Joe Seagram, headmaster of King’s-Edgehill School, explains the vision behind an arena complex pitched for Windsor. 

King’s-Edgehill School Headmaster Joe Seagram used an analogy when asked about the Long Pond site location versus the Wentworth Road site.

“Everybody knows that in business, you put milk at the back of the store. If you’re really looking at the health of the community, you want thousands of people driving through your town. You want them driving down the main street, you want them driving by your shops. We locals all know where Long Pond is, and what we really want is for the rest of Nova Scotia to find Long Pond and be able to celebrate the roots and the heritage of the game right here for generations of hockey players to come,” said Seagram.

“This doesn’t change anything; the premier has said right from the very beginning, that provincial money is only for a location beside Long Pond – that Long Pond is the draw,” said Seagram. “If we look at the whole project, this is about stimulating the economy. It’s not about hockey, it’s not about ice time, it’s about getting people to come here and spend money. It’s supposed to be an economic catalyst for the region, not just the Town of Windsor. We really want a facility here that will be like the Anne of Green Gables museum in P.E.I., somewhere that one in four visitors will go.”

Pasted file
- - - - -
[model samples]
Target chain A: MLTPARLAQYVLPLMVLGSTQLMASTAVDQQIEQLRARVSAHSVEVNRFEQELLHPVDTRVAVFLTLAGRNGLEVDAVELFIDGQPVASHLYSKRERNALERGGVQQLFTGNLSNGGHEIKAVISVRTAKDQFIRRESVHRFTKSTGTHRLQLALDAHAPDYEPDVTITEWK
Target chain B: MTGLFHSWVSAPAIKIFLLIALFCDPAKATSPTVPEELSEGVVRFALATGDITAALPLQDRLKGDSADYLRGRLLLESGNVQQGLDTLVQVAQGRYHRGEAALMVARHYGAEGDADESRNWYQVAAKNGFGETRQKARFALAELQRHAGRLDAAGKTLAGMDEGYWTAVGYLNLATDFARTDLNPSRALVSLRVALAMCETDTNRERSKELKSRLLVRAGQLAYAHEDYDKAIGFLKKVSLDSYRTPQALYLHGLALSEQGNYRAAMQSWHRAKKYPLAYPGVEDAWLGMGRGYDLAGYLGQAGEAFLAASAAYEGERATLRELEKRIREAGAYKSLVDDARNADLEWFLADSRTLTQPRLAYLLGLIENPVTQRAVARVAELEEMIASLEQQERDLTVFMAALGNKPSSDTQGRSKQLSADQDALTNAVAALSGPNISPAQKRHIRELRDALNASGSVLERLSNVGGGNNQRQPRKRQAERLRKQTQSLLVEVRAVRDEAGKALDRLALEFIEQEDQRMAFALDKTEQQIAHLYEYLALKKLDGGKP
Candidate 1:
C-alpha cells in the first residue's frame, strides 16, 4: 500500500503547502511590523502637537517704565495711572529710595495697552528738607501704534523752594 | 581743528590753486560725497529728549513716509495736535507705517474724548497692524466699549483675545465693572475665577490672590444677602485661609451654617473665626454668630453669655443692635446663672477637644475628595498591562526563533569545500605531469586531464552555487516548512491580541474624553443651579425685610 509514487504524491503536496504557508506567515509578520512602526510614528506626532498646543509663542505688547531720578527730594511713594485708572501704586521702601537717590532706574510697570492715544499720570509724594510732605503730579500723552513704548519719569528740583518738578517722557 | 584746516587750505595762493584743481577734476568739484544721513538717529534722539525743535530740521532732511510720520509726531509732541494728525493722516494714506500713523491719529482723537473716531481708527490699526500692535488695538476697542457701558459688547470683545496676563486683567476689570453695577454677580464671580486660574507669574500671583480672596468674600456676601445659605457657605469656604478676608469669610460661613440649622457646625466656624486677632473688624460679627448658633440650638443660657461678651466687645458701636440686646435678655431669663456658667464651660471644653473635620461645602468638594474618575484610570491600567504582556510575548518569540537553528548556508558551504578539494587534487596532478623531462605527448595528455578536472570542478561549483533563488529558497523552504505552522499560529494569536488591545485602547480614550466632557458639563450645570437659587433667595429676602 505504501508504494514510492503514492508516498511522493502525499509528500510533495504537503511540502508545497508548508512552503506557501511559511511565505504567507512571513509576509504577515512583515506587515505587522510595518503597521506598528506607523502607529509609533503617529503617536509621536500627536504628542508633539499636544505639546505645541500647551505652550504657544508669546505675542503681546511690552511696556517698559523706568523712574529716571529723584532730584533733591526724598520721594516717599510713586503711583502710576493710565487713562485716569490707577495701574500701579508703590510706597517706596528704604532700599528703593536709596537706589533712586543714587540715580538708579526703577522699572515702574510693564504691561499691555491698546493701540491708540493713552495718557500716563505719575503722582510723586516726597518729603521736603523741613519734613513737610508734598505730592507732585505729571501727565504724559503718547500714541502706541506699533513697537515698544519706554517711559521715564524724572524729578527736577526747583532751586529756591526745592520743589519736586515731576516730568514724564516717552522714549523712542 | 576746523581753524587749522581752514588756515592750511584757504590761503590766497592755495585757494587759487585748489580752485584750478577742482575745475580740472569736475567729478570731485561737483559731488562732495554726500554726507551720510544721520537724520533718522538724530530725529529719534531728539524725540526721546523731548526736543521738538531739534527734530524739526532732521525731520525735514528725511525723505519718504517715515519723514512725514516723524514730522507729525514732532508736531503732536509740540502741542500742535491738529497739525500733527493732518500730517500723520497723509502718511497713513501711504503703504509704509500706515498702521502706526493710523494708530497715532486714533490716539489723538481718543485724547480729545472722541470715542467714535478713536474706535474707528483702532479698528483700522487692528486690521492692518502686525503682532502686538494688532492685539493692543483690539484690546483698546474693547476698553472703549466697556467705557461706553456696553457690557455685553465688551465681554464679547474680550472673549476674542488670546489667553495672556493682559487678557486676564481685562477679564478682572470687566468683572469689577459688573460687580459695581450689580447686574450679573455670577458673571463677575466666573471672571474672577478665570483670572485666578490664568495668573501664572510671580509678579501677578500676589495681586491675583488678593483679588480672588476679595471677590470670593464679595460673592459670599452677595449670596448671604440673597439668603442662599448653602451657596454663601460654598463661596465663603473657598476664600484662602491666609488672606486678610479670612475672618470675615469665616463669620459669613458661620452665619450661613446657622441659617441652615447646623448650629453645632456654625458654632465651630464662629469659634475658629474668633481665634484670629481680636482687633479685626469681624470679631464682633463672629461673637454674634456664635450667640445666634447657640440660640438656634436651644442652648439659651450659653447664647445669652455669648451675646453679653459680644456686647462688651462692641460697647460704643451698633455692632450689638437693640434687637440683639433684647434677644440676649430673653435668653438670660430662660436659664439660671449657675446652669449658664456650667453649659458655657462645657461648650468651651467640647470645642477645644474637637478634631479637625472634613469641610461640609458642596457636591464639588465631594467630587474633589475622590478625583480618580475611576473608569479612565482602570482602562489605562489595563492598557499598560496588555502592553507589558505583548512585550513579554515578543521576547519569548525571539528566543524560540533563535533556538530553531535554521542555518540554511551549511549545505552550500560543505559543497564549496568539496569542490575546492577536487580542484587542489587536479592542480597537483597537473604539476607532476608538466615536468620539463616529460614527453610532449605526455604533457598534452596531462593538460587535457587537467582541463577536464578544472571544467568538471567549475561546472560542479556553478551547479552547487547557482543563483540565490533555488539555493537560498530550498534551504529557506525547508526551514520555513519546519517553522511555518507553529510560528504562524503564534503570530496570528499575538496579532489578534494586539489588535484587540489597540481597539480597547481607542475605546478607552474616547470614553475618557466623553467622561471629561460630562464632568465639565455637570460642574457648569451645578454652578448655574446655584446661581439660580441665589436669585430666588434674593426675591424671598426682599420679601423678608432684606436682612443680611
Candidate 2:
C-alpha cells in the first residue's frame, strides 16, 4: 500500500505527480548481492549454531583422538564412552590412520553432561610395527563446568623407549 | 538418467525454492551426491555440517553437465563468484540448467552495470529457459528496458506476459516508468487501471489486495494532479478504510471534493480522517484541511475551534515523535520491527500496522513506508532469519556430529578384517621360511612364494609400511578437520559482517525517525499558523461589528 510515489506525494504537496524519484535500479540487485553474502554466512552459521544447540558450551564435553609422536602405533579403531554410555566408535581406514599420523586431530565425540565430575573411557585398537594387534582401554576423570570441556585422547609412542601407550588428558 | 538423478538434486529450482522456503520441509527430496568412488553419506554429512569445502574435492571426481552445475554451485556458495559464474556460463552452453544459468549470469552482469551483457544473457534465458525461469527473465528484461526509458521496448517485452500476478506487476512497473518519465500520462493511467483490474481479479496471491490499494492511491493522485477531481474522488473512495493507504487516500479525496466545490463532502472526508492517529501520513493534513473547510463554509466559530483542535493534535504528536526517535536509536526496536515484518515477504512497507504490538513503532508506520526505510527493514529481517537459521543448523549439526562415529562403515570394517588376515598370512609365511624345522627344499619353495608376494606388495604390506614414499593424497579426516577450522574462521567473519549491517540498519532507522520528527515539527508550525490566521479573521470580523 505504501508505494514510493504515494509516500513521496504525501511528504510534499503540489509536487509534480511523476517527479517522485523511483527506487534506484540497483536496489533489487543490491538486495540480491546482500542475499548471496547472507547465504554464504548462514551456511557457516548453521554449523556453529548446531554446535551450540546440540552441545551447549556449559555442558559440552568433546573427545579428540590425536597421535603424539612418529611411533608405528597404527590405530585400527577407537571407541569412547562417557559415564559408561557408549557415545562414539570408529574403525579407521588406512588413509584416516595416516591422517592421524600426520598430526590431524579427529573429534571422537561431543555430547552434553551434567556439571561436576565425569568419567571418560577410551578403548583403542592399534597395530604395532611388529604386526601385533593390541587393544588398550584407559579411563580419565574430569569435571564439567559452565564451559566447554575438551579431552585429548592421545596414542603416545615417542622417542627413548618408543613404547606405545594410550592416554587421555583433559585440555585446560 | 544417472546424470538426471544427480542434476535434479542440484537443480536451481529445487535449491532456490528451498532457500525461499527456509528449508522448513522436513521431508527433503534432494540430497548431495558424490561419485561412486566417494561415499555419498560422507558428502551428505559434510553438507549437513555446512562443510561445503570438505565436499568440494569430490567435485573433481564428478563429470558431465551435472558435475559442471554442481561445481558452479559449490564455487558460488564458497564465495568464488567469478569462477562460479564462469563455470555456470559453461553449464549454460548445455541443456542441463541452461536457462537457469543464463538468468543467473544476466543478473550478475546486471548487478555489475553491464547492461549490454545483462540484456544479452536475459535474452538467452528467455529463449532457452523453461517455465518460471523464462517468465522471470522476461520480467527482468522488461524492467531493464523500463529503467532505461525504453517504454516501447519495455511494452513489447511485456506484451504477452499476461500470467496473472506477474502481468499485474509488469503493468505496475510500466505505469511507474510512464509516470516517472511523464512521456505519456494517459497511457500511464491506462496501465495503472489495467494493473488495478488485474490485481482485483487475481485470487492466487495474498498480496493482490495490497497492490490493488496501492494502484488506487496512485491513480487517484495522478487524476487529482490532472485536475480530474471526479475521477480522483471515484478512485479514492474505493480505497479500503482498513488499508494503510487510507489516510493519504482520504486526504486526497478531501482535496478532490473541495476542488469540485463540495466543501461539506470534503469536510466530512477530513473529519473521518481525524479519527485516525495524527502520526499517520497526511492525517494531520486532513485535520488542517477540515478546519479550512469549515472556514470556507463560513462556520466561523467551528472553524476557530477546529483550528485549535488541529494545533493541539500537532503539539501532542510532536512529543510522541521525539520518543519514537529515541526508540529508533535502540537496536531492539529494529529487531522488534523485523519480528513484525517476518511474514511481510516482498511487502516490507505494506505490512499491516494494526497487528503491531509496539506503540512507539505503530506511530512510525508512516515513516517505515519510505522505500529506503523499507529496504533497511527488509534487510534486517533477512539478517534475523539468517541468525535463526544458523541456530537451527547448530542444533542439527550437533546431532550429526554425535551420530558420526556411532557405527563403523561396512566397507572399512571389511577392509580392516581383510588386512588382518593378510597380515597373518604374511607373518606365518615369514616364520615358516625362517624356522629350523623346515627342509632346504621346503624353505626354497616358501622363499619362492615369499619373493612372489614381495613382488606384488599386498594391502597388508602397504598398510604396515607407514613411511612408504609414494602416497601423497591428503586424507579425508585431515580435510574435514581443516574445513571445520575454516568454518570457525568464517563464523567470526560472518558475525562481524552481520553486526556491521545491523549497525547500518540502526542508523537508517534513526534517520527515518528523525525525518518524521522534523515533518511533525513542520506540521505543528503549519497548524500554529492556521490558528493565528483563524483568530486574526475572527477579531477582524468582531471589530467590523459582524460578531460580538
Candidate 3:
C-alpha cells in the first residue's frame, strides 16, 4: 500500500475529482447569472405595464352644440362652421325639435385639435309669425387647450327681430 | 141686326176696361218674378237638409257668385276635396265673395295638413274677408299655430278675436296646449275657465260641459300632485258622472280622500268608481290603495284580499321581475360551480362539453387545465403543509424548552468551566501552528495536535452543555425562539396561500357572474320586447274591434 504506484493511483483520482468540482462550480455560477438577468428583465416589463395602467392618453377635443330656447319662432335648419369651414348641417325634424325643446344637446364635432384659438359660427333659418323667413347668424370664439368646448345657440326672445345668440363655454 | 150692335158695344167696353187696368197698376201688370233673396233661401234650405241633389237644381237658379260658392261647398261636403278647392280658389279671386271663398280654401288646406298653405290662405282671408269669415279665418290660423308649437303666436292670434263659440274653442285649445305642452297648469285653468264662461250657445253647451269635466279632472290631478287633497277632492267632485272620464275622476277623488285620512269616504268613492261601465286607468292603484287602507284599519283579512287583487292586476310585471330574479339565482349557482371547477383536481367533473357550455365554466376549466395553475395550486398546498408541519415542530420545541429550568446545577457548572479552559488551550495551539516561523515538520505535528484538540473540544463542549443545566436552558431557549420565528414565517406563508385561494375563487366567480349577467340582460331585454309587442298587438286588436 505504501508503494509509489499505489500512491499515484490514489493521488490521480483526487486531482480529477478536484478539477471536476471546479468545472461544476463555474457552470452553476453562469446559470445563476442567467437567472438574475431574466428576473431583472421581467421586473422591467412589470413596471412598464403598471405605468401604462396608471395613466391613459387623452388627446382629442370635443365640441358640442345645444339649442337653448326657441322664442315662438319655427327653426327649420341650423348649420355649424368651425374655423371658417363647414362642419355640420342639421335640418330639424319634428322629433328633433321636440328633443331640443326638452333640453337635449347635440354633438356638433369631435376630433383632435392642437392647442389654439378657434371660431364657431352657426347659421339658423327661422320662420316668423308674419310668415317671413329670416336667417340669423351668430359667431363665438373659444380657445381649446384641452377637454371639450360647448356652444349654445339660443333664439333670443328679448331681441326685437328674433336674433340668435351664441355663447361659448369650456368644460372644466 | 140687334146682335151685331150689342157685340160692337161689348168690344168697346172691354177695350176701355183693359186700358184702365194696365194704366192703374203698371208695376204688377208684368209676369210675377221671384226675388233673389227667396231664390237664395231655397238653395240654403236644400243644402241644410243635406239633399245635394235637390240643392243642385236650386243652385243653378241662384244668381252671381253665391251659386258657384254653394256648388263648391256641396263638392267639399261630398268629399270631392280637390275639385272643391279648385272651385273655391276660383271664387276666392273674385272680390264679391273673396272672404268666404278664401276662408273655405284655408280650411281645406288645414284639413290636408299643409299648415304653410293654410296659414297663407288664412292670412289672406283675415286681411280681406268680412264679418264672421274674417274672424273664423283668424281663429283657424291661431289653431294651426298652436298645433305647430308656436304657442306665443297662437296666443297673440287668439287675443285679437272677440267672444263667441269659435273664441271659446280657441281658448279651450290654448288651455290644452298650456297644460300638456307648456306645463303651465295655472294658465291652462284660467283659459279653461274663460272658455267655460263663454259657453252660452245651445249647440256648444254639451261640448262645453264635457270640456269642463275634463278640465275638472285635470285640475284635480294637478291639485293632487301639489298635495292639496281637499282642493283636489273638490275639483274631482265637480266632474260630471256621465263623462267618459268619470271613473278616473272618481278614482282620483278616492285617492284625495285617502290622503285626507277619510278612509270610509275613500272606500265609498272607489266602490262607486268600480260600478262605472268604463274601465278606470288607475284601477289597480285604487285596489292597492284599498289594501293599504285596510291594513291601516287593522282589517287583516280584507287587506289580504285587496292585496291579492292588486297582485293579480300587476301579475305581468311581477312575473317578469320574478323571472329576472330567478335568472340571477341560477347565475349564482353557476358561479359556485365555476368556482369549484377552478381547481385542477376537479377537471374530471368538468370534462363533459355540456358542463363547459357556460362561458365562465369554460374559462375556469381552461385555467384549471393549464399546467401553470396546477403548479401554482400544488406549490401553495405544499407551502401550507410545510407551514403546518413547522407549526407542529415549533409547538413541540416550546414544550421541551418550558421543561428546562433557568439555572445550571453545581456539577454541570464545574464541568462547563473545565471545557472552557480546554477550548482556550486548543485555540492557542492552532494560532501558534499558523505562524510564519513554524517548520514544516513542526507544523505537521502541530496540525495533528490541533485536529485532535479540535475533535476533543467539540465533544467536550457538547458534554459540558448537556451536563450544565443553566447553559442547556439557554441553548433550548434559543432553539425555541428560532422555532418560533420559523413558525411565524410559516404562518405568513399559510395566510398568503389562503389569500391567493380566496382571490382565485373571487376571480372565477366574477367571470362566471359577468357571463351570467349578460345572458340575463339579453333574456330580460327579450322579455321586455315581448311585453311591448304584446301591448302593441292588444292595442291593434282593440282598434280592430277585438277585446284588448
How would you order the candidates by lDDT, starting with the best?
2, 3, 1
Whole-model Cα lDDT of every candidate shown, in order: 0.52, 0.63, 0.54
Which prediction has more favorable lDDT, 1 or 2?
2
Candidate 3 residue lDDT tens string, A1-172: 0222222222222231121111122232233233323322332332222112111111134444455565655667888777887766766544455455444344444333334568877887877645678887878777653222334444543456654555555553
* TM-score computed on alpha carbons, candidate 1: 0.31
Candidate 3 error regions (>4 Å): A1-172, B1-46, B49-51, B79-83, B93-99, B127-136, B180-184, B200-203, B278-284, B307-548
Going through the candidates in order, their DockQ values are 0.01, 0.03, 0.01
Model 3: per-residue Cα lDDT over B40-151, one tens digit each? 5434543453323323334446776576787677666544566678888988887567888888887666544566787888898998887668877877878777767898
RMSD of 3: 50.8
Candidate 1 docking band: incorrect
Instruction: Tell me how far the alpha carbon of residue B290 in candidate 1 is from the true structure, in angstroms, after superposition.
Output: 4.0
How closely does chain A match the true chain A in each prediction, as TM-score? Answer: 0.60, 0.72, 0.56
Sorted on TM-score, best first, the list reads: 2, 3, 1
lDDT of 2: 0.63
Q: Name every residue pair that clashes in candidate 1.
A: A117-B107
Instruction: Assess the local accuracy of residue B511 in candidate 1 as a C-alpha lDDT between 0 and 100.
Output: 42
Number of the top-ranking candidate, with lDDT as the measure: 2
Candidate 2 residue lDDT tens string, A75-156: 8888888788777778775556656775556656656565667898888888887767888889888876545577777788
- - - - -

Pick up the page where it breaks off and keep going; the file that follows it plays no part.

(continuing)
King’s-Edgehill School has committed $1 million towards the project.

The Town of Windsor and Municipality of West Hants have each pledged $1 million towards the project. The provincial government has committed $3 million and the LPAS says the federal government could make a funding announcement soon.